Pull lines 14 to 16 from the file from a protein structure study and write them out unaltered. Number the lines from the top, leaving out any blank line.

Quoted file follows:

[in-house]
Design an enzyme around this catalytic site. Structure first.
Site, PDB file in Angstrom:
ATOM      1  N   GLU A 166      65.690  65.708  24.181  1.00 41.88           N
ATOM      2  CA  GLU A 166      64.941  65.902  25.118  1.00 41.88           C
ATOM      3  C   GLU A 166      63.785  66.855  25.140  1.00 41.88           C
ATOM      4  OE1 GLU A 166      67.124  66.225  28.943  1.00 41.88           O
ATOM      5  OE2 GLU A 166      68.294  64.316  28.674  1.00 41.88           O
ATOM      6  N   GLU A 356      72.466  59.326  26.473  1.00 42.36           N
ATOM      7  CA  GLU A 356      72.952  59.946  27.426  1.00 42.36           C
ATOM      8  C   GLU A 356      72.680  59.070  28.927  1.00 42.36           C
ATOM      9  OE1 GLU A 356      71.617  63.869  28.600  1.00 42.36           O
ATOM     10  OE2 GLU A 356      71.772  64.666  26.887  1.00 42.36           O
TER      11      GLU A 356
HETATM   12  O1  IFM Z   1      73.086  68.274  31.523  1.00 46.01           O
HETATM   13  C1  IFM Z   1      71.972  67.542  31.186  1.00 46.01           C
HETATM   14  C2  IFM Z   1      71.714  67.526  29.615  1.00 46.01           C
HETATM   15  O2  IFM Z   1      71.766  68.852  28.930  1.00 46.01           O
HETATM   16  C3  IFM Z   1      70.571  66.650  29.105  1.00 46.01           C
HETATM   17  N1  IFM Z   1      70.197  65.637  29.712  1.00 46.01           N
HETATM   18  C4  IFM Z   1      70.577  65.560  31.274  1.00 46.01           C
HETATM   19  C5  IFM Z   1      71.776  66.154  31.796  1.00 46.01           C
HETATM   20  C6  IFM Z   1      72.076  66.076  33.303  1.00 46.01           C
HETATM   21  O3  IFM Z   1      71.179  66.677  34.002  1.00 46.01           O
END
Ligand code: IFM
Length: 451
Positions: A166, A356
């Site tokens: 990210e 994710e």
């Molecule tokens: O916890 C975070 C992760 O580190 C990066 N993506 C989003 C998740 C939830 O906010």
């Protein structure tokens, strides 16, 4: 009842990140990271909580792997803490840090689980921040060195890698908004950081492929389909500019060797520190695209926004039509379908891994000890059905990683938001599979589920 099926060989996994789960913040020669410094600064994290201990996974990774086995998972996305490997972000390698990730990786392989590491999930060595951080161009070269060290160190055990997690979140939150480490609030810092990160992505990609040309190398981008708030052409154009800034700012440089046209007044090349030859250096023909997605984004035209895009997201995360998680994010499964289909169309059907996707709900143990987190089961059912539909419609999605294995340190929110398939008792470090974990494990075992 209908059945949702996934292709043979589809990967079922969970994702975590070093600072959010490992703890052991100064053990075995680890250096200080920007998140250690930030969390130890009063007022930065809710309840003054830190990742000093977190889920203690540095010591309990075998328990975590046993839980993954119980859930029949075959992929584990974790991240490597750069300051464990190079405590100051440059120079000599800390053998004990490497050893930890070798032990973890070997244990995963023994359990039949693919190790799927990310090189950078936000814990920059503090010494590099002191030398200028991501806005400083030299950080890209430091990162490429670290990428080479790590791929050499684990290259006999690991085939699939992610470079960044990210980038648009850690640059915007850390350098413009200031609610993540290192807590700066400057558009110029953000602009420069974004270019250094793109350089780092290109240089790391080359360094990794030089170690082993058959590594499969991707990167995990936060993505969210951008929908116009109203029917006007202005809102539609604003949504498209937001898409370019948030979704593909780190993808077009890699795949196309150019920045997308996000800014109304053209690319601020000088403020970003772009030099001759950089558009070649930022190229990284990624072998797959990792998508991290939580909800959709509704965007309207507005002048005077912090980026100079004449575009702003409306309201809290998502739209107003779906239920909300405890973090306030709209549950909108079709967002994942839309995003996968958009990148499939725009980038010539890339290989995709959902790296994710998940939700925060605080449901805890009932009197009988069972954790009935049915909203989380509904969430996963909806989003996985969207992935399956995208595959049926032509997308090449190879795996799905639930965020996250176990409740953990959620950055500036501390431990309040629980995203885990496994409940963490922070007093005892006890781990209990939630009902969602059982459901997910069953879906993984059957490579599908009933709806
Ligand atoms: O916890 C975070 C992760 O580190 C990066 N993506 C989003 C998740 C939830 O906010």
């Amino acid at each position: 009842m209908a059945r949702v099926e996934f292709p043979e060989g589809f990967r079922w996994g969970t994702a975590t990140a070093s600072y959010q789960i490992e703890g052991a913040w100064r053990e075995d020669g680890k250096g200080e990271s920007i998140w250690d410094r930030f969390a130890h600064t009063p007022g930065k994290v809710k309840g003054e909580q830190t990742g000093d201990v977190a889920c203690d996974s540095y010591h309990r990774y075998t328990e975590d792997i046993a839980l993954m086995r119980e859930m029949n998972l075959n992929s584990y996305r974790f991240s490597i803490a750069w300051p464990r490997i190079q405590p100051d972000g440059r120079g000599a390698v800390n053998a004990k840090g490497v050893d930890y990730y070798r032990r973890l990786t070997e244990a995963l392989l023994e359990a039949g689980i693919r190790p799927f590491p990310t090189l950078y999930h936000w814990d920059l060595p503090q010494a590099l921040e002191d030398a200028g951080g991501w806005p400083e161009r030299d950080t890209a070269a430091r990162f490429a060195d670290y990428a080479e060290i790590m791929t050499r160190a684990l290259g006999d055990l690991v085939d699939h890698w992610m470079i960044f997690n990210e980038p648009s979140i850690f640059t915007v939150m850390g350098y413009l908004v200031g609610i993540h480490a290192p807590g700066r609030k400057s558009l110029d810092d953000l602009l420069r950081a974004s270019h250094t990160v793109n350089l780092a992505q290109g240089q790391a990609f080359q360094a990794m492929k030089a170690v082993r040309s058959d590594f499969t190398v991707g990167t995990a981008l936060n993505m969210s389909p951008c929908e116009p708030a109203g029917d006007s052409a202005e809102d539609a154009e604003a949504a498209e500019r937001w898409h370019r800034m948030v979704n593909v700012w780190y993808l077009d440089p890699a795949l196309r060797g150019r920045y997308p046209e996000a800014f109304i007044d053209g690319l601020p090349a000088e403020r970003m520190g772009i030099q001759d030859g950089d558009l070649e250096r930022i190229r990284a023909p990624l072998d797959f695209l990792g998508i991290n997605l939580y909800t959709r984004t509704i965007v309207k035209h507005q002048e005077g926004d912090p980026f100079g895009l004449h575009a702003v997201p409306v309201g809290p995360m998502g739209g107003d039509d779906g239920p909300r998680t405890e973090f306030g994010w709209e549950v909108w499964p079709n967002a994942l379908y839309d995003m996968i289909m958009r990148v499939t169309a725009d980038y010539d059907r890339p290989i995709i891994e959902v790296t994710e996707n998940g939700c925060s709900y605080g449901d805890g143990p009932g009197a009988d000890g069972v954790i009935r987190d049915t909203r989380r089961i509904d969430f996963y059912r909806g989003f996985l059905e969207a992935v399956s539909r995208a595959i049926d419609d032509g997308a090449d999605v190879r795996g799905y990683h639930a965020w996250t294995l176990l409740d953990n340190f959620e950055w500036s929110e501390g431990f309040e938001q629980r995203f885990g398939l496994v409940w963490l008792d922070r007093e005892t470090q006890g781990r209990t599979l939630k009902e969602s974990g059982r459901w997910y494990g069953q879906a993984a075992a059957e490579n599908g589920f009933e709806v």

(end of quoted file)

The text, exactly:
TER      11      GLU A 356
HETATM   12  O1  IFM Z   1      73.086  68.274  31.523  1.00 46.01           O
HETATM   13  C1  IFM Z   1      71.972  67.542  31.186  1.00 46.01           C